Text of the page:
White Man, Black Madonna: Reflection One

White Man, Black Madonna

A Journal of Prayer, Reconciliation, and Healing

Stuart Higginbotham

A replica of Notre Dame Sous le Terre,
Our Lady Under the Earth
from the Crypt Chapel at Chartres Cathedral, France

Back around 2002, I worked in the bookstore at Columbia Theological Seminary when I was a student there. While it was technically “work,” it was always a joy because of both the people I met and the access I had to resources.

One day, I stumbled upon a book of prayers and reflections that included a powerful image of God that I had never before encountered: the Divine Feminine. I have since lost the title of the book (some lucky person bought it before I did), but the image has remained with me: an image of the Divine that not only embraced what we might call “darkness” or “shadow,” but also challenged me to recognize and embrace these aspects of my own self so that I could nurture a degree of healing and wholeness that was truly transformative.  

I would return to that small collection of prayers several times as the wisdom of this image led me into a much more expansive awareness of the Divine than I had ever known possible. Such an image has embraced and transformed “darkness,” and it has allowed my own soul to remain more centered in very difficult times, such as my days as a hospice chaplain when the questions of “Where is God in the midst of my experience of pain, grief, confusion, and even fear?” demanded an answer–or at least a reflection–that was more authentic, honest, and vulnerable than the more narrow theology I had been raised with.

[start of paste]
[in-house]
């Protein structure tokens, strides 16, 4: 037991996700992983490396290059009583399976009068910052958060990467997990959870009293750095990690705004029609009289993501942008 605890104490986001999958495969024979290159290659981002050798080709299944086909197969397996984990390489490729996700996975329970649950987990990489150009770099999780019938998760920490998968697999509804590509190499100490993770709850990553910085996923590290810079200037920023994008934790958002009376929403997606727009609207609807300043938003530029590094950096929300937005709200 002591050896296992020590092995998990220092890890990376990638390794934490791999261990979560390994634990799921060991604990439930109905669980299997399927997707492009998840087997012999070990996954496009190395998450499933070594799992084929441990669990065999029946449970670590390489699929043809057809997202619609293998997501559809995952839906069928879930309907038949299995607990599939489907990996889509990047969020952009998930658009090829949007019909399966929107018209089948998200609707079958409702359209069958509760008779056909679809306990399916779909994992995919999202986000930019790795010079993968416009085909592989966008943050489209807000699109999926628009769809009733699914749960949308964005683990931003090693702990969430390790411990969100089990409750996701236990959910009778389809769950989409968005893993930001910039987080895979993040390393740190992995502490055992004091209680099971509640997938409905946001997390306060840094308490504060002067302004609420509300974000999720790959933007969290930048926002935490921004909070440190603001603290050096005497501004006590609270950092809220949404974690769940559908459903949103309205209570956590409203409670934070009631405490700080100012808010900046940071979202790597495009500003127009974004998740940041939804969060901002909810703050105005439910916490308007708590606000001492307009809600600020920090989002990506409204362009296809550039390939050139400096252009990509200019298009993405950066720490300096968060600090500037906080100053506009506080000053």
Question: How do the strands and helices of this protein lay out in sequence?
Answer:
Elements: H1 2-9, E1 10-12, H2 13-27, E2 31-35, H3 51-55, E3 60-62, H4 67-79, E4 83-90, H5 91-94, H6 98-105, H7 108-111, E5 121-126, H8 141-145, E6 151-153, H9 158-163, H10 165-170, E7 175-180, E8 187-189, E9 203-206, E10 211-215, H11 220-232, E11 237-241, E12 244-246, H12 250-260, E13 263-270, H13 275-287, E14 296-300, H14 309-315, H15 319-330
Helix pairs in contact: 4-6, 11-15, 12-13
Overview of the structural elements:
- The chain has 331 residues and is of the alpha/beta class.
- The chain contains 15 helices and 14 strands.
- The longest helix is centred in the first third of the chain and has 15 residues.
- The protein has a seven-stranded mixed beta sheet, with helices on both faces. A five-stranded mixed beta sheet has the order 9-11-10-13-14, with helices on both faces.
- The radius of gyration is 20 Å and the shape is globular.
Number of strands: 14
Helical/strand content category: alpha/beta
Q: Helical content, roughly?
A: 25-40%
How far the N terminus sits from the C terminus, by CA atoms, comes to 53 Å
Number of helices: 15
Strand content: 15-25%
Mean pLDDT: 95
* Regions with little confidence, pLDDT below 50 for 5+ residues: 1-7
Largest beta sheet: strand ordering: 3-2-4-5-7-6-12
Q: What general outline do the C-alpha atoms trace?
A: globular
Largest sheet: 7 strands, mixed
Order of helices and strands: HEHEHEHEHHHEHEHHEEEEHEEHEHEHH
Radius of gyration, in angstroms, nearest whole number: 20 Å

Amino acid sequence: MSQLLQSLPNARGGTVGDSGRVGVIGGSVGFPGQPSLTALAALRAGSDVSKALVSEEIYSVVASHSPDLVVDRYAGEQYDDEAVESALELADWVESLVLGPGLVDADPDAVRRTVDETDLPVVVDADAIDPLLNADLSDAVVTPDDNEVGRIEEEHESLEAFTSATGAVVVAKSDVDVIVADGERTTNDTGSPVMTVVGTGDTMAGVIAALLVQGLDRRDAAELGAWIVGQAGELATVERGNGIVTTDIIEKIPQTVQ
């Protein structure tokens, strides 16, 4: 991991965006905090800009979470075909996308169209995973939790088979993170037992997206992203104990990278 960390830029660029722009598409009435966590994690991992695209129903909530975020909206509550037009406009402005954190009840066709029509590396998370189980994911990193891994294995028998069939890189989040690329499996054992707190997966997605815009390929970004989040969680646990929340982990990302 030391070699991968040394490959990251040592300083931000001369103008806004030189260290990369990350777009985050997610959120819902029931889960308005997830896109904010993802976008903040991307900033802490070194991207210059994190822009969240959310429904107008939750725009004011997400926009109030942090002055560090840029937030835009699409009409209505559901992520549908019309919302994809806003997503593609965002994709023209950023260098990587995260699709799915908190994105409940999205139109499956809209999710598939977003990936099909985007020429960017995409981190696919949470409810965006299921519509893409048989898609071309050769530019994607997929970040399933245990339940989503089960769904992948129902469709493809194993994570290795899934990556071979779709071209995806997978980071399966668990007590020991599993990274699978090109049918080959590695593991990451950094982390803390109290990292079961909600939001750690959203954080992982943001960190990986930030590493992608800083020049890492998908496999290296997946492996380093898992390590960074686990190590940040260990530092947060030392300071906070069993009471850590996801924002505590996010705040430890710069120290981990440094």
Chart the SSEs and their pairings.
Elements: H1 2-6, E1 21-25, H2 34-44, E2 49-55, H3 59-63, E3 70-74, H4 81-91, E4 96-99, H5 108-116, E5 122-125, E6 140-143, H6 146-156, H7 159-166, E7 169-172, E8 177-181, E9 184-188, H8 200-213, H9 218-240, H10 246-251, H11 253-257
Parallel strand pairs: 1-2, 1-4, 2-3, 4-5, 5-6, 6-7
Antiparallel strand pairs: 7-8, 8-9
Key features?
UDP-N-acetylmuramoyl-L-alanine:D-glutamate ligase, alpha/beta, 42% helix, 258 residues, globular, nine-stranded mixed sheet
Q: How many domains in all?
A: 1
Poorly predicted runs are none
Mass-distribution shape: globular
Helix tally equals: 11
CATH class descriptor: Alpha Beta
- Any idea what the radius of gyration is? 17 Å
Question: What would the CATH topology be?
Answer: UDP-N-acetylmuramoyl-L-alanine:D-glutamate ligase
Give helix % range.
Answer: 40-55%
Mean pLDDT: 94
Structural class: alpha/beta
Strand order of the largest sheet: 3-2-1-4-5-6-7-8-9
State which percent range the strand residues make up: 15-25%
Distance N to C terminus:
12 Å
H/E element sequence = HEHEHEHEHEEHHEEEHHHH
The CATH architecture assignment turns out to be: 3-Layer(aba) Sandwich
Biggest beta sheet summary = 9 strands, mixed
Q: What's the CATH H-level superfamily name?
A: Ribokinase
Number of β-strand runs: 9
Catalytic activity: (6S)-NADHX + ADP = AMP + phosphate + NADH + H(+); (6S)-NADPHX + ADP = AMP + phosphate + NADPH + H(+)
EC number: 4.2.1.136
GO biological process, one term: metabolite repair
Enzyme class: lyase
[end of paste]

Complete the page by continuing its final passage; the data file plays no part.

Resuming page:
Stumbling on that collection of prayers at Columbia was a moment of grace for me, because it planted a seed that has continued to bear fruit in my practice of prayer for two decades now. As I continued to struggle and wrestle with my own self awareness–to say nothing of the deep, painful struggles of the world in which we live–I became more and more grateful for an image of God that nurtured transformation through my wrestling, rather than ignoring it, bypassing it, or even defeating it from the outside. As I yearned for an image of God that I could honor deeply, I recognized that I really yearned for an image of God that deeply honored all of me–whatever this “me” really is. If we say that “nothing can separate us from the love of God,” then I needed an image of God that affirmed the presence of God within all aspects of my life–no exceptions.

As many have said, our image of God and our image of ourselves are inherently linked, and we would do well to pay attention to how our image of God influences how we understand and treat ourselves and the wider world around us. Do we seek to nurture healing and reconciliation from within, honoring the subtle distinctions within our complex world that challenge any desire we have to grasp onto power and control? Does our image of God inspire us to lift our eyes and watch for the reality of rebirth all around us? Or, does our image of the Divine seem to reinforce a sense of “power-over” and even give license to act from the outside and change others (or the entire world) to serve our own sense of purpose? P